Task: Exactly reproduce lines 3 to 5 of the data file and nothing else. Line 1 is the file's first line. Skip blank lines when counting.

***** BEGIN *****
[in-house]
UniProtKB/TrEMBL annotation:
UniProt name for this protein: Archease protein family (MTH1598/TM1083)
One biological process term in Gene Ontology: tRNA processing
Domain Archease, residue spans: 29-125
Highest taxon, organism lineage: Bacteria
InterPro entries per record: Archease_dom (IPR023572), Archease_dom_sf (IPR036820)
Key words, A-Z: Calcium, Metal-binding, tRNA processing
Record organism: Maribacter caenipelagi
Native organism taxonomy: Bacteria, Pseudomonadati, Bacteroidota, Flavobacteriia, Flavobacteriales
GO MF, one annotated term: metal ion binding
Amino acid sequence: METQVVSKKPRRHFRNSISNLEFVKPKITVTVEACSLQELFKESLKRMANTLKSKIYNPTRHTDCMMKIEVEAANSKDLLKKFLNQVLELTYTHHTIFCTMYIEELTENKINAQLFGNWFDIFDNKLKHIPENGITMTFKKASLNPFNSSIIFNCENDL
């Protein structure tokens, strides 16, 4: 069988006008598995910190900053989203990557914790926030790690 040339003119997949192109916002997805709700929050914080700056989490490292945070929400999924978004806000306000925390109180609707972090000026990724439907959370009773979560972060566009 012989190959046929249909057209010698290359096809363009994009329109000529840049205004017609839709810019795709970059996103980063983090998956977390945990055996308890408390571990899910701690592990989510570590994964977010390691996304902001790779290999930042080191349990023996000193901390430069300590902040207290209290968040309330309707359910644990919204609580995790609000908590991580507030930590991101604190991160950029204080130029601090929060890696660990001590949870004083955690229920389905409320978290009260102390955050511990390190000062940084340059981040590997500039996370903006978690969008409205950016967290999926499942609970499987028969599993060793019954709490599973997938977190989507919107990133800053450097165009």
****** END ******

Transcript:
UniProt name for this protein: Archease protein family (MTH1598/TM1083)
One biological process term in Gene Ontology: tRNA processing
Domain Archease, residue spans: 29-125